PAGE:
We do know from that reliable Army survey in 2004 that officers are disproportionately conservative and Republican – but that enlisted service members, who account for the bulk of the population, are not. Relatedly, as I reported in my last posting, we know from the exit poll that veteran voters in 2008 were less Republican than is widely assumed.

    The Military Times, though, tells a different story – one unsupported by good-quality empirical data. It's a shame, because there is much of value to know about the attitudes of the men and women wearing the uniform of the United States Armed Forces. So much so that they – and we – deserve real data in our attempts to know it.

    1/9 follow-up:

    1) The Military Times called to correct a number it gave us earlier; participants were drawn from its 125,000 subscribers, not 250,000.

    2) A colleague notes that Army personnel accounted for 1,062 of the 1,947 respondents, and that 48 percent were officers and warrant officers, far above their actual proportion in the Army, 16 percent.

    3) By e-mail I invited the editors of Military Times to reply to this post. I’ve not heard back.


    The Numbers

  8. #208
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    Quote Originally Posted by Peguy View Post
    Yeah ok.....
    The majority is correct.


    Almost 30 nations—including most countries of the European Union—have no problems with anyone’s sexual orientation. The United Kingdom, whose soldiers serve with Americans in Afghanistan and Iraq, is even “actively recruiting” gays and lesbians, says Meyer. Of the 26 NATO nations, only the United States, Portugal, and Turkey don’t allow gays to openly serve in the military. And Turkey, says Meyer, “is close to allowing gays to serve.”

  9. #209
    Senior Member Jeremy's Avatar
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    I never got why the government didn't allow it in the first place. I have a friend who came out of the closet only a year and a half ago. He's considering joining the military, and has to go back into the closet if he chooses to do so.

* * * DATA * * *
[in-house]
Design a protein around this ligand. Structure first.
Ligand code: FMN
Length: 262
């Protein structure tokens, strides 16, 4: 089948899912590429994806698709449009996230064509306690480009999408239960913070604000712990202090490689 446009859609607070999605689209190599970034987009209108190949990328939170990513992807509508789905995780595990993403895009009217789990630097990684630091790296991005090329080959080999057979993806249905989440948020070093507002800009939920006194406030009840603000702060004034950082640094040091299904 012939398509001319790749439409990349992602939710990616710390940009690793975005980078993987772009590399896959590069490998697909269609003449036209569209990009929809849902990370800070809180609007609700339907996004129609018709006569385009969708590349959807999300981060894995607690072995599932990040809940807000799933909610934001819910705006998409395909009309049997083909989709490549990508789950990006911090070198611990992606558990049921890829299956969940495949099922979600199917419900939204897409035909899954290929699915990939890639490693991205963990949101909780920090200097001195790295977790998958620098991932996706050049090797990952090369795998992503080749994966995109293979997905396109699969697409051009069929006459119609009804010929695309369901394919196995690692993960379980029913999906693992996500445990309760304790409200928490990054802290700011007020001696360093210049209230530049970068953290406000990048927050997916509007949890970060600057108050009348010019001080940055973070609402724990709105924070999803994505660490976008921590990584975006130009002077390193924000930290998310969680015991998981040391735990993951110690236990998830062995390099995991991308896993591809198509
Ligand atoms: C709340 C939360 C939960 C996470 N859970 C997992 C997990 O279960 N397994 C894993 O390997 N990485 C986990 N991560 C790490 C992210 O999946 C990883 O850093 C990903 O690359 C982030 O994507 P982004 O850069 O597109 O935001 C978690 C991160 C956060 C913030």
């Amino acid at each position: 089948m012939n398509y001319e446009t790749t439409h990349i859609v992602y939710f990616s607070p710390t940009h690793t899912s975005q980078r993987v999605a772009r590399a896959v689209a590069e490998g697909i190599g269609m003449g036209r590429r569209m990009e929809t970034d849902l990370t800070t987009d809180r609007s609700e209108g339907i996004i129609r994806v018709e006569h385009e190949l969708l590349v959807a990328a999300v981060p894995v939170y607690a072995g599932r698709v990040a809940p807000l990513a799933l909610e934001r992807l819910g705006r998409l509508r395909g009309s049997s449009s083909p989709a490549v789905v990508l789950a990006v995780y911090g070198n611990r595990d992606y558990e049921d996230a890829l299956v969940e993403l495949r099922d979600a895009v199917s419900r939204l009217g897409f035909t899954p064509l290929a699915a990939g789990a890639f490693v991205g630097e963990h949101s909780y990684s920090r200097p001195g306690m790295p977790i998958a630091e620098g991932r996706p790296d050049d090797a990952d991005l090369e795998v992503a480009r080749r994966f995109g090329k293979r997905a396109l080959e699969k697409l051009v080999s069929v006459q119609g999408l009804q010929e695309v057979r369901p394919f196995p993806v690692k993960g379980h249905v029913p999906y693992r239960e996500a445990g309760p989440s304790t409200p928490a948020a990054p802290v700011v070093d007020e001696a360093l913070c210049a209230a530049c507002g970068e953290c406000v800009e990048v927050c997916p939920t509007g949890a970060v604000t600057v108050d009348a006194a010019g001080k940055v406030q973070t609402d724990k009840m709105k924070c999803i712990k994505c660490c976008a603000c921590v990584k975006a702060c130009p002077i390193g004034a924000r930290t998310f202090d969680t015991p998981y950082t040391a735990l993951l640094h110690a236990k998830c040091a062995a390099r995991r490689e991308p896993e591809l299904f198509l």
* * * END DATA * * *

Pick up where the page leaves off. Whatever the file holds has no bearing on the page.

He could die for this country, and yet he has to go into the closet and be someone he's not because "society" and "tradition" dictate it. Fuck society, and fuck tradition. What a slap in the face to someone who is willing to take that path. Society sickens me sometimes, least of all the military.

    It's time this tired old policy was changed. Break down that wall, Obama.
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  10. #210
    Senior Member Qre:us's Avatar
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    Quote Originally Posted by Jack Flak View Post
    Concise restatement: It's a cost-benefit issue, something idealists know nothing about.

    cost: persecution, infighting, loss of morale and cohesiveness.

    benefit: being able to say "I'm gay" without being fired.

    Being that the military isn't supposed to be a free society by any means, this is an easy decision at this point in time.

    1) I think you have missed quite a few of the benefits. Esp. in regards to the implications of 'don't ask, don't tell' policy. They do not ask, you do not tell. Simply? Hardly.

    However.....legally, if suspicions arise, the military can lead an investigation and if found 'guilty', you're fired. You didn't tell. You just *were*. So, obviously, this is not as simple as 'don't ask, don't tell'....and, even more to the point, all this stuggle and milestones with human rights gets eradicated within moments, as soon as an investigation occurs, because it equates, ONCE AGAIN, homosexuality with *something deviant/wrong*.

    2) And, I want to ask, why not make the 'don't ask, don't tell' an universal military policy? One that applies to EVERYONE. Heterosexuals, bisexuals and homosexuals?

    Do not ask their orientation, do not tell your orientation.

    I wonder if people will find preposterous if one day a soldier man is seen kissing a girl, and an investigation is led to the crime of his heterosexuality which gets him then fired from his job, cuz,...well....

    don't ask.

    don't tell.

    (but, really, to sum it up. HIDE ALL. And, HIDE WELL.)


    I think, in this way, the cost-benefit equation gets the best deal, as it applies to everyone (not just a select few, leaving less chance for confounders to be added).